Share Email Print
cover

Proceedings Paper • Open Access

Elisa technology consolidation study overview
Author(s): E. D. Fitzsimons; N. Brandt; U. Johann; S. Kemble; H.-R. Schulte; D. Weise; T. Ziegler

Paper Abstract

The eLISA (evolved Laser Interferometer Space Antenna) mission is an ESA L3 concept mission intended to detect and characterise gravitational radiation emitted from astrophysical sources [1]. Current designs for eLISA [2] are based on the ESA study conducted in 2011 to reformulate the original ESA/NASA LISA concept [3] into an ESA-only L1 candidate named NGO (New Gravitational Observatory) [4]. During this brief reformulation period, a number of significant changes were made to the baseline LISA design in order to create a more costeffective mission. Some of the key changes implemented during this reformulation were:
• A reduction in the inter satellite distance (the arm length) from 5 Gm to 1 Gm.
• A reduction in the diameter of the telescope from 40 cm to 20 cm.
• A reduction in the required laser power by approximately 40%.
• Implementation of only 2 laser arms instead of 3.
Many further simplifications were then enabled by these main design changes including the elimination of payload items in the two spacecraft (S/C) with no laser-link between them (the daughter S/C), a reduction in the size and complexity of the optical bench and the elimination of the Point Ahead Angle Mechanism (PAAM), which corrects for variations in the pointing direction to the far S/C caused by orbital dynamics [4] [5].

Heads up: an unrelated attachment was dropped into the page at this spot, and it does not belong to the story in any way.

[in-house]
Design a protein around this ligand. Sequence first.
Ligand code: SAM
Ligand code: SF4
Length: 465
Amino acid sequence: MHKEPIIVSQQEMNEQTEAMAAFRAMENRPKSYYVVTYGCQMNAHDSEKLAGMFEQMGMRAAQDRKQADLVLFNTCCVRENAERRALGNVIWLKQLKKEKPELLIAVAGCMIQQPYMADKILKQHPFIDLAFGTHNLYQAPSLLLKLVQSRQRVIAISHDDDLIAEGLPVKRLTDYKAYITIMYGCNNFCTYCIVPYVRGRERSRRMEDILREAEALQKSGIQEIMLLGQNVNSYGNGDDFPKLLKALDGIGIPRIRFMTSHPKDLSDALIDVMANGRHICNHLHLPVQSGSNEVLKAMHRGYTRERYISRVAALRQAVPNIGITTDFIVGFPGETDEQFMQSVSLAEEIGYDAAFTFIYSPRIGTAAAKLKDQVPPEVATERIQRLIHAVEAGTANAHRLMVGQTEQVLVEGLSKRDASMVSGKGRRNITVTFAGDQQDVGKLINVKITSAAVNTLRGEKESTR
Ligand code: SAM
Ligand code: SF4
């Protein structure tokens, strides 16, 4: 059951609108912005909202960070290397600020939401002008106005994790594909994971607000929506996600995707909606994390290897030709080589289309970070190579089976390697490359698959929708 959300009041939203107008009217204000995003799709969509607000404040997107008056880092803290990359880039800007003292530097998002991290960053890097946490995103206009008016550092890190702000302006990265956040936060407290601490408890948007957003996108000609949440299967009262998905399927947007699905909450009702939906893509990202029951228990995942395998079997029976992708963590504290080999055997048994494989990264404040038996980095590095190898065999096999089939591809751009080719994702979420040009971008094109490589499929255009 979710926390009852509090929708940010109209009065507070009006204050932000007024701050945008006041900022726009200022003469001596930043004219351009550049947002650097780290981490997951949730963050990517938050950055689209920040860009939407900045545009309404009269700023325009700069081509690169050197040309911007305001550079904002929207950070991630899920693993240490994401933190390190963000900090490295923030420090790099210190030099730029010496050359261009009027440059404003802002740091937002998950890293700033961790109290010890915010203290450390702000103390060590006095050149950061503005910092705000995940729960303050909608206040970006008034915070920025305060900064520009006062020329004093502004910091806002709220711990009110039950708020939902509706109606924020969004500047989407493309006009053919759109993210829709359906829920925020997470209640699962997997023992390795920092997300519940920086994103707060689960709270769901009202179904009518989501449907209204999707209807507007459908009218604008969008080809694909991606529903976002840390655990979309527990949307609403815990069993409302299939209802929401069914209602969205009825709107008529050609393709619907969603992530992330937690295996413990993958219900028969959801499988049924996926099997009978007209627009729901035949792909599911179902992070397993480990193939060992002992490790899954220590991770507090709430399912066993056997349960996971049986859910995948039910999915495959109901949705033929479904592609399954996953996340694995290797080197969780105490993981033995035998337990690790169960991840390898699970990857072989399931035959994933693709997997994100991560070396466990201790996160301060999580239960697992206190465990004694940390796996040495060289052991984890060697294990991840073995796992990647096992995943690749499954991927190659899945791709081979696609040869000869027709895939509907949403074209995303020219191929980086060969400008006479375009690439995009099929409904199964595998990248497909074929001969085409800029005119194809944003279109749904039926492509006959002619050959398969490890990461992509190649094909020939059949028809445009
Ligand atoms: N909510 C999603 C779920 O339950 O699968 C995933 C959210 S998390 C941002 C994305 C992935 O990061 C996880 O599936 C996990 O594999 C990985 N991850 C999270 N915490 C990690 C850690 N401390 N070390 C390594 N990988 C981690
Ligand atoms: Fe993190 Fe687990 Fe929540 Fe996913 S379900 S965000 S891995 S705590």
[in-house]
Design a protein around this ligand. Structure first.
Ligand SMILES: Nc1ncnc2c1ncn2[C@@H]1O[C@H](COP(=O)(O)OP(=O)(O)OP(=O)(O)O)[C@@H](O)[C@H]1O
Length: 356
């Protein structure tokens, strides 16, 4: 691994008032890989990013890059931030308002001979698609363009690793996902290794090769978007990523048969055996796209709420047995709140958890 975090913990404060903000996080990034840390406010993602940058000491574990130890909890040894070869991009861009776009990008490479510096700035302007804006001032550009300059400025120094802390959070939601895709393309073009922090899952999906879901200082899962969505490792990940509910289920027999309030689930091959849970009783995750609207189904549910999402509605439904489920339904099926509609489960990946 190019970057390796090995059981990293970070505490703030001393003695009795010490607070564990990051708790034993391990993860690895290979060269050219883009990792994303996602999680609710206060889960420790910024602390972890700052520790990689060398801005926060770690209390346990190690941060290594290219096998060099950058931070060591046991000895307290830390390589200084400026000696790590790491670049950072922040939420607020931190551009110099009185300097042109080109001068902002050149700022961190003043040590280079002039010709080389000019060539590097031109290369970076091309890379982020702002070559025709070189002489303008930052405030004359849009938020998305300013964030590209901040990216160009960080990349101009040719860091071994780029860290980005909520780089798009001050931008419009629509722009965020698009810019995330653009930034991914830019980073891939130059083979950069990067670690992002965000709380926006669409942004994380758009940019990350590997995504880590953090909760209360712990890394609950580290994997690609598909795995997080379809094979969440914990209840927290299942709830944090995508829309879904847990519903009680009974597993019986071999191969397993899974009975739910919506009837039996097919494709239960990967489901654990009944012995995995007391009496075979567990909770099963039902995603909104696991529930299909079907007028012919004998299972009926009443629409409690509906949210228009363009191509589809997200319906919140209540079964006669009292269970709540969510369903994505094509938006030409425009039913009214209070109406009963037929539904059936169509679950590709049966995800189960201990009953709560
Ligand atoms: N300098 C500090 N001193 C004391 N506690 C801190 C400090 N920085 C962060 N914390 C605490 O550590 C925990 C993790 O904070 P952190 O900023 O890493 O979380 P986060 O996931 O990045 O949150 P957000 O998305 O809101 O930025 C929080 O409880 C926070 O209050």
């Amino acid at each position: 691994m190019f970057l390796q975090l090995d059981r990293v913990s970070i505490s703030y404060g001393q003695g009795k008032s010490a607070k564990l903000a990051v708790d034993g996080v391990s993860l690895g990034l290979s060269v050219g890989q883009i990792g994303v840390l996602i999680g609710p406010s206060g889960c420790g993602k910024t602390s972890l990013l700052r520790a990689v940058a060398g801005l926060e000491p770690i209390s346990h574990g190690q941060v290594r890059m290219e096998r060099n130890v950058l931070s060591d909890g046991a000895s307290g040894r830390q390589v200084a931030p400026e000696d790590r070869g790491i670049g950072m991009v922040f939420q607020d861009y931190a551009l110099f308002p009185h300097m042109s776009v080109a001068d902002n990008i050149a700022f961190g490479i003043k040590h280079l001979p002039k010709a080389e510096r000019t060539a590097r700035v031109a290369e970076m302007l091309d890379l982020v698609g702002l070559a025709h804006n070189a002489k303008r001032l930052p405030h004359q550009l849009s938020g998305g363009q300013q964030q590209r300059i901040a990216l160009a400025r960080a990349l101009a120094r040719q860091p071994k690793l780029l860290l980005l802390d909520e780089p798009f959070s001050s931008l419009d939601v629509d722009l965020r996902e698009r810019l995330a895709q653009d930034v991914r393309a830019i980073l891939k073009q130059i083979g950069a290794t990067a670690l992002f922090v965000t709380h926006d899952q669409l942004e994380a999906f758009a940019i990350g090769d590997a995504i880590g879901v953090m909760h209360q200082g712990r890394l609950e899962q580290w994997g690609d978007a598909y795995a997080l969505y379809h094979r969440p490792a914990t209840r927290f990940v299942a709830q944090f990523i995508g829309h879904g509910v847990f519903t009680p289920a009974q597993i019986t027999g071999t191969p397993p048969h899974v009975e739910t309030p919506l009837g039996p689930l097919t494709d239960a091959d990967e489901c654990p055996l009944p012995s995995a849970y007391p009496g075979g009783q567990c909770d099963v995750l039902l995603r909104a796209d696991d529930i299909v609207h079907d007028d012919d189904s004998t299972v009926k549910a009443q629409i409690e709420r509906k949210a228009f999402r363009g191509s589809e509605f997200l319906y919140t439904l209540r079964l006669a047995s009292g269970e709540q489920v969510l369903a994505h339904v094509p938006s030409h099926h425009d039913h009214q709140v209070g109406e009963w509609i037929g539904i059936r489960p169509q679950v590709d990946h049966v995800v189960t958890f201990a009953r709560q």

In the run-up to an L3 mission definition phase later in the decade, it is desirable to review these design choices and analyse the inter-dependencies and scaling between the key mission parameters with the goal of better understanding the parameter space and ensuring that in the final selection of the eLISA mission parameters the optimal balance between cost, complexity and science return can be achieved.

Paper Details

Date Published: 17 November 2017
PDF: 9 pages
Proc. SPIE 10563, International Conference on Space Optics — ICSO 2014, 105632K (17 November 2017); doi: 10.1117/12.2304251
Show Author Affiliations
E. D. Fitzsimons, Airbus DS GmbH (Germany)
N. Brandt, Airbus DS GmbH (Germany)
U. Johann, Airbus DS GmbH (Germany)
S. Kemble, Airbus DS Ltd. (United Kingdom)
H.-R. Schulte, Airbus DS GmbH (Germany)
D. Weise, Airbus DS GmbH (Germany)
T. Ziegler, Airbus DS GmbH (Germany)


Published in SPIE Proceedings Vol. 10563:
International Conference on Space Optics — ICSO 2014
Zoran Sodnik; Bruno Cugny; Nikos Karafolas, Editor(s)

© SPIE. Terms of Use
Back to Top